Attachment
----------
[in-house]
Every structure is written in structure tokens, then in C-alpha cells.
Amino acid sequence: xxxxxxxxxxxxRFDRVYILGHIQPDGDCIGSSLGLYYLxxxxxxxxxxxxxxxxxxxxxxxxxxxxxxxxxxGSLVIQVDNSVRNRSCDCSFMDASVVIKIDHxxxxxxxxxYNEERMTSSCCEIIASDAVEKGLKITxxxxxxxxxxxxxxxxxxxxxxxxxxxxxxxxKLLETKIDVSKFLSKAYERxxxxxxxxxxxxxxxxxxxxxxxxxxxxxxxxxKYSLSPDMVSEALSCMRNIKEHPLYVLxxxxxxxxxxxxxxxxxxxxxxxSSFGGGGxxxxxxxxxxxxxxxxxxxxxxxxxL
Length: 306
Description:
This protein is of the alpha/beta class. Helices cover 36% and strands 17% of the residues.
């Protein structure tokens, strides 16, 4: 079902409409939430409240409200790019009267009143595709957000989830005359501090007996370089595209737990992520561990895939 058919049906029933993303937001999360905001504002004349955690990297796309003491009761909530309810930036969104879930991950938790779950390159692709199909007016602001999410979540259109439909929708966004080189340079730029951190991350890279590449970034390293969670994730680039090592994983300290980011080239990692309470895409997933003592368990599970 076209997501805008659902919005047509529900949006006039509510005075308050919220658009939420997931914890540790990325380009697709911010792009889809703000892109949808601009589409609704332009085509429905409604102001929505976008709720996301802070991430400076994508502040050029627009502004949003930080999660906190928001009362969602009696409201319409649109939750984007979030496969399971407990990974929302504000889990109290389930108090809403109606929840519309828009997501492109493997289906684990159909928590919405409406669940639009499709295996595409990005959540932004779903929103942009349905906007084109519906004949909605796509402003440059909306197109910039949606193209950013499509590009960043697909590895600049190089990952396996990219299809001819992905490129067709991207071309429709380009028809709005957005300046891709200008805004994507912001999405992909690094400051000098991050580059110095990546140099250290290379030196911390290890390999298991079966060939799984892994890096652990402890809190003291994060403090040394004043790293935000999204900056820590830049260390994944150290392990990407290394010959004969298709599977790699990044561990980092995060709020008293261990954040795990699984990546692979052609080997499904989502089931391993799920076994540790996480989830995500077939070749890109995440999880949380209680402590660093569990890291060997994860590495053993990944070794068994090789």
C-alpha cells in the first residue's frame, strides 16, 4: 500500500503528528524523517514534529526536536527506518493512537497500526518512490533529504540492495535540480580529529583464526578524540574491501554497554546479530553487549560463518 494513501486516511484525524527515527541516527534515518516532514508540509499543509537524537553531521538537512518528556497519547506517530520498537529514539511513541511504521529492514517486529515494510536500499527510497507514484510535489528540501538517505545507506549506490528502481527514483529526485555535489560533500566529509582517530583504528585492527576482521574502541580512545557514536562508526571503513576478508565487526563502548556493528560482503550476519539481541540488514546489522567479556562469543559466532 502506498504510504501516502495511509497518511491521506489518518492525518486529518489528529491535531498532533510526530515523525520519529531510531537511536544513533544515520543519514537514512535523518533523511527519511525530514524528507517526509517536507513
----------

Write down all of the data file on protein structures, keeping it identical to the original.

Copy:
[in-house]
Every structure is written in structure tokens, then in C-alpha cells.
Amino acid sequence: xxxxxxxxxxxxRFDRVYILGHIQPDGDCIGSSLGLYYLxxxxxxxxxxxxxxxxxxxxxxxxxxxxxxxxxxGSLVIQVDNSVRNRSCDCSFMDASVVIKIDHxxxxxxxxxYNEERMTSSCCEIIASDAVEKGLKITxxxxxxxxxxxxxxxxxxxxxxxxxxxxxxxxKLLETKIDVSKFLSKAYERxxxxxxxxxxxxxxxxxxxxxxxxxxxxxxxxxKYSLSPDMVSEALSCMRNIKEHPLYVLxxxxxxxxxxxxxxxxxxxxxxxSSFGGGGxxxxxxxxxxxxxxxxxxxxxxxxxL
Length: 306
Description:
This protein is of the alpha/beta class. Helices cover 36% and strands 17% of the residues.
């Protein structure tokens, strides 16, 4: 079902409409939430409240409200790019009267009143595709957000989830005359501090007996370089595209737990992520561990895939 058919049906029933993303937001999360905001504002004349955690990297796309003491009761909530309810930036969104879930991950938790779950390159692709199909007016602001999410979540259109439909929708966004080189340079730029951190991350890279590449970034390293969670994730680039090592994983300290980011080239990692309470895409997933003592368990599970 076209997501805008659902919005047509529900949006006039509510005075308050919220658009939420997931914890540790990325380009697709911010792009889809703000892109949808601009589409609704332009085509429905409604102001929505976008709720996301802070991430400076994508502040050029627009502004949003930080999660906190928001009362969602009696409201319409649109939750984007979030496969399971407990990974929302504000889990109290389930108090809403109606929840519309828009997501492109493997289906684990159909928590919405409406669940639009499709295996595409990005959540932004779903929103942009349905906007084109519906004949909605796509402003440059909306197109910039949606193209950013499509590009960043697909590895600049190089990952396996990219299809001819992905490129067709991207071309429709380009028809709005957005300046891709200008805004994507912001999405992909690094400051000098991050580059110095990546140099250290290379030196911390290890390999298991079966060939799984892994890096652990402890809190003291994060403090040394004043790293935000999204900056820590830049260390994944150290392990990407290394010959004969298709599977790699990044561990980092995060709020008293261990954040795990699984990546692979052609080997499904989502089931391993799920076994540790996480989830995500077939070749890109995440999880949380209680402590660093569990890291060997994860590495053993990944070794068994090789």
C-alpha cells in the first residue's frame, strides 16, 4: 500500500503528528524523517514534529526536536527506518493512537497500526518512490533529504540492495535540480580529529583464526578524540574491501554497554546479530553487549560463518 494513501486516511484525524527515527541516527534515518516532514508540509499543509537524537553531521538537512518528556497519547506517530520498537529514539511513541511504521529492514517486529515494510536500499527510497507514484510535489528540501538517505545507506549506490528502481527514483529526485555535489560533500566529509582517530583504528585492527576482521574502541580512545557514536562508526571503513576478508565487526563502548556493528560482503550476519539481541540488514546489522567479556562469543559466532 502506498504510504501516502495511509497518511491521506489518518492525518486529518489528529491535531498532533510526530515523525520519529531510531537511536544513533544515520543519514537514512535523518533523511527519511525530514524528507517526509517536507513